Over the past few weeks Wessex Archaeology, in collaboration with Operation Nightingale and Breaking Ground Heritage, has been carrying out a geophysical survey and then excavating WWI practice trenches on Perham Down, Hampshire.
The trenches, known as the ‘Bedlam Trenches’, replicated German trench systems in the Somme region, enabling soldiers to learn trench warfare tactics by practicing attacking the enemy lines, as well as learning how to construct trenches.
Battalions that used the Bedlam Trenches included the Kings Royal Rifle Corps – now The Rifles (incidentally, significantly involved in Operation Nightingale), the 13th Essex Regiment, and the 16th and 17th Battalion Middlesex Regiment – the renowned ‘Footballers’ Battalion.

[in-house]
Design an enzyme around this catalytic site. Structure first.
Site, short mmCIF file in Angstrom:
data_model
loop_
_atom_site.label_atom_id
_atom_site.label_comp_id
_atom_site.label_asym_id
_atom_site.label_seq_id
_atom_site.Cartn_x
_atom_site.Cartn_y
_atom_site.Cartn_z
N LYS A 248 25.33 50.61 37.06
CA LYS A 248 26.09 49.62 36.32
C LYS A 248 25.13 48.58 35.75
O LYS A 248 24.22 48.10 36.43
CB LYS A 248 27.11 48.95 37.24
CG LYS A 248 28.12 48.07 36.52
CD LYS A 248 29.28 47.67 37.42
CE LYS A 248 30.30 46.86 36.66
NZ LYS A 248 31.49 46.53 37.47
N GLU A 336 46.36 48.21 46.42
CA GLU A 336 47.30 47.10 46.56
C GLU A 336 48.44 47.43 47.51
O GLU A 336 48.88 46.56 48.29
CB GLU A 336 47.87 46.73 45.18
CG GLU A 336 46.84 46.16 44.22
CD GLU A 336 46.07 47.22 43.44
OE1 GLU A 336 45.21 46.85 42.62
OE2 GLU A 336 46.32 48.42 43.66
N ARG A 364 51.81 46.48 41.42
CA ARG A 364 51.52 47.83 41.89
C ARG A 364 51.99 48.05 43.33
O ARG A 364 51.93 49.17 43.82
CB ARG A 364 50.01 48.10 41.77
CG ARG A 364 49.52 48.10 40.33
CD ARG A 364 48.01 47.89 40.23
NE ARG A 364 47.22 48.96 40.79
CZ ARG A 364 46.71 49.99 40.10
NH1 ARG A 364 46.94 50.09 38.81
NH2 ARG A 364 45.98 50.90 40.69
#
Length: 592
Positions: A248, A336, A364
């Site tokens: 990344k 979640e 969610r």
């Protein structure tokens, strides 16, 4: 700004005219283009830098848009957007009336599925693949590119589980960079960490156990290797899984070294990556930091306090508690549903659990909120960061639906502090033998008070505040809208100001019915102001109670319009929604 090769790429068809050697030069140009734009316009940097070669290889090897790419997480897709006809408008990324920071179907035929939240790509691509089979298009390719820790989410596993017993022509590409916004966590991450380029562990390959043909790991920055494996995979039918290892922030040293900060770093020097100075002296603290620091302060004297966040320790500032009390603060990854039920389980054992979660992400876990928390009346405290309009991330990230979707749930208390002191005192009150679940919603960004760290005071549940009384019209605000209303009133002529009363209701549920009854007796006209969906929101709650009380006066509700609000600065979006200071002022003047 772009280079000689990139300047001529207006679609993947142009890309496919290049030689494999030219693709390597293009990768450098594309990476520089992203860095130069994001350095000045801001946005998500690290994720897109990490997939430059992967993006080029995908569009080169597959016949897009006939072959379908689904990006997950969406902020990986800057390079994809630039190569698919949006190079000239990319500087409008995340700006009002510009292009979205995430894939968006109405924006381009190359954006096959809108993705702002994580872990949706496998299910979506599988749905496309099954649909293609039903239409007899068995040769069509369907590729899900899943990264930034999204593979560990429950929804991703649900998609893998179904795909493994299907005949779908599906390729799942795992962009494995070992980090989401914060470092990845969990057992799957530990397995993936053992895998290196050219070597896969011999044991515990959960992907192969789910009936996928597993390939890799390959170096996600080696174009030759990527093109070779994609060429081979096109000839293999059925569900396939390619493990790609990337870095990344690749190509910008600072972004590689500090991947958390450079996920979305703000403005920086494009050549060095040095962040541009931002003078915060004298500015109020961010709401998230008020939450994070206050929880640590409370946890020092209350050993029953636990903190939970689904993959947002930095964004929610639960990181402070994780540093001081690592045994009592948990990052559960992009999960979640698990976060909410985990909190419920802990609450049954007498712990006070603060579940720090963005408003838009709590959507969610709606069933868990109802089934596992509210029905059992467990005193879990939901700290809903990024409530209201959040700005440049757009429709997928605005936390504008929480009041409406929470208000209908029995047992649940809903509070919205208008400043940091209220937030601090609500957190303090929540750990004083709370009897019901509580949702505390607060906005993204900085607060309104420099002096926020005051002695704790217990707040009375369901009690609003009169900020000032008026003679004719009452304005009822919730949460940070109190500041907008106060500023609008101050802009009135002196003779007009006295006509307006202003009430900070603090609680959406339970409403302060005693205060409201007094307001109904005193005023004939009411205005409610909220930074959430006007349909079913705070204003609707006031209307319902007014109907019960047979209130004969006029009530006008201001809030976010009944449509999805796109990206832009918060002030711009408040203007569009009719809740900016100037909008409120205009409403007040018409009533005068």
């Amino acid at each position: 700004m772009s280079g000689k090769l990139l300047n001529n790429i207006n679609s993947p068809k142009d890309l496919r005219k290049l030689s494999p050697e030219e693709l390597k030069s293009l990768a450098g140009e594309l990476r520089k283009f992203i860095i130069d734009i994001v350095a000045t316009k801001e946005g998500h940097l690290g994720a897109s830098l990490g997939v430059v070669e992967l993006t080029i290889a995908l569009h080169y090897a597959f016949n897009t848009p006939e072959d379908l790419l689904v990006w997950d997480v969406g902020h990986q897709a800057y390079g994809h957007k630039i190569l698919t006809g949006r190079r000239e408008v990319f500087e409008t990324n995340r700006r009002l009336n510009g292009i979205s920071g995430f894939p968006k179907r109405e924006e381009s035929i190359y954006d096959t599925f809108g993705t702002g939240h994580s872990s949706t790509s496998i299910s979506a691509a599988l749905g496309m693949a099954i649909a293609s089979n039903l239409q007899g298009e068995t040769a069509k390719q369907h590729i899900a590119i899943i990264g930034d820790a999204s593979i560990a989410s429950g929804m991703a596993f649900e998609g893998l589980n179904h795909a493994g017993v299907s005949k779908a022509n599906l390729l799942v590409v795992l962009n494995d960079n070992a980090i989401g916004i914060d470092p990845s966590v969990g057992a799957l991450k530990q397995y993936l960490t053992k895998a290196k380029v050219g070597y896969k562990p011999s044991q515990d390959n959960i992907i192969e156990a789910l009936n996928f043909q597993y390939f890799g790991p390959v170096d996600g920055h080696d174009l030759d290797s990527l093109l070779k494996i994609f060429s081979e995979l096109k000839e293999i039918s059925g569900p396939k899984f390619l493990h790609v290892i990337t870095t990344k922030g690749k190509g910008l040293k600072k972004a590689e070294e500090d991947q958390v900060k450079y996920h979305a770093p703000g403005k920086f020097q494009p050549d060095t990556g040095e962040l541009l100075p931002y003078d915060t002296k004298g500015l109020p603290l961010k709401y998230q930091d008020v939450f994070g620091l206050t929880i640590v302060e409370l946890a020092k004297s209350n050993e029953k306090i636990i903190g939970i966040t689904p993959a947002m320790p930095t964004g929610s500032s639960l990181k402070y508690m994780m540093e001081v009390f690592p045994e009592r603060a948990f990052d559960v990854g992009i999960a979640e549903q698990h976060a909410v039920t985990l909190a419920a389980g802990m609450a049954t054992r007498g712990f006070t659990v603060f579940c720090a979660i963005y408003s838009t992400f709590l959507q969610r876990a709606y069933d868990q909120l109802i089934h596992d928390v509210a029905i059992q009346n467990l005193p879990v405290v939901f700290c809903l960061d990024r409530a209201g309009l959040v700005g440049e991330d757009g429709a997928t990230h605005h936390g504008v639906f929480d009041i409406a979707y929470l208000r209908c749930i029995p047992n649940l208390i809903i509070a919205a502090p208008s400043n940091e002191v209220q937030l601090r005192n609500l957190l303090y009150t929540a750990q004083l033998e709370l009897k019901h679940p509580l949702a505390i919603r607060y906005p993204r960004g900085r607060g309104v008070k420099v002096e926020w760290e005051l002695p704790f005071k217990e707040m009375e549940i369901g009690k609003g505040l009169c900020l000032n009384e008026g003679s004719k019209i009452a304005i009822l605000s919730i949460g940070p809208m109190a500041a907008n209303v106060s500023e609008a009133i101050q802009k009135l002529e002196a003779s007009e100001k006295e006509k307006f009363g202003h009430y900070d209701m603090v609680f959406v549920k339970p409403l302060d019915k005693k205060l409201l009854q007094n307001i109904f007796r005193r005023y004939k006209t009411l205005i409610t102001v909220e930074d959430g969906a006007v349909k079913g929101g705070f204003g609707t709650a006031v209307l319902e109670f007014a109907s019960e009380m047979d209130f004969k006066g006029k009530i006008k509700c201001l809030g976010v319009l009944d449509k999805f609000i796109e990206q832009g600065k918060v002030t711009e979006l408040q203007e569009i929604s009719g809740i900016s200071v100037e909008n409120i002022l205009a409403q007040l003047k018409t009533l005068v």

The work was commissioned by the Defence Infrastructure Organisation (DIO), and the team has consisted of volunteers, veterans and some professional archaeologists. So far they have uncovered:
- part of a trench with a step that would have been used for firing at the enemy (fire step), and with evidence of a possible sap – a trench used to advance into land to gain a military advantage.
- a First Aid post, with seating dug out of the chalk;
- Officers’ latrines, the relatively shallow depth of which indicates that these were probably not long-drop toilets;
- a dugout (shelter) within which the surface which has clearly been trampled down by many pairs of boots, with some corrugated tin and lots of postholes which probably would have supported the revetting which secured the sides of the trench;
- a communications trench;
- other support trenches.
A number of finds have also been recovered, including blank ammunition, and screw pickets – used (instead of wooden stakes) to create barbed wire obstacles on No Man’s Land. We are looking forward to discovering more as the week progresses.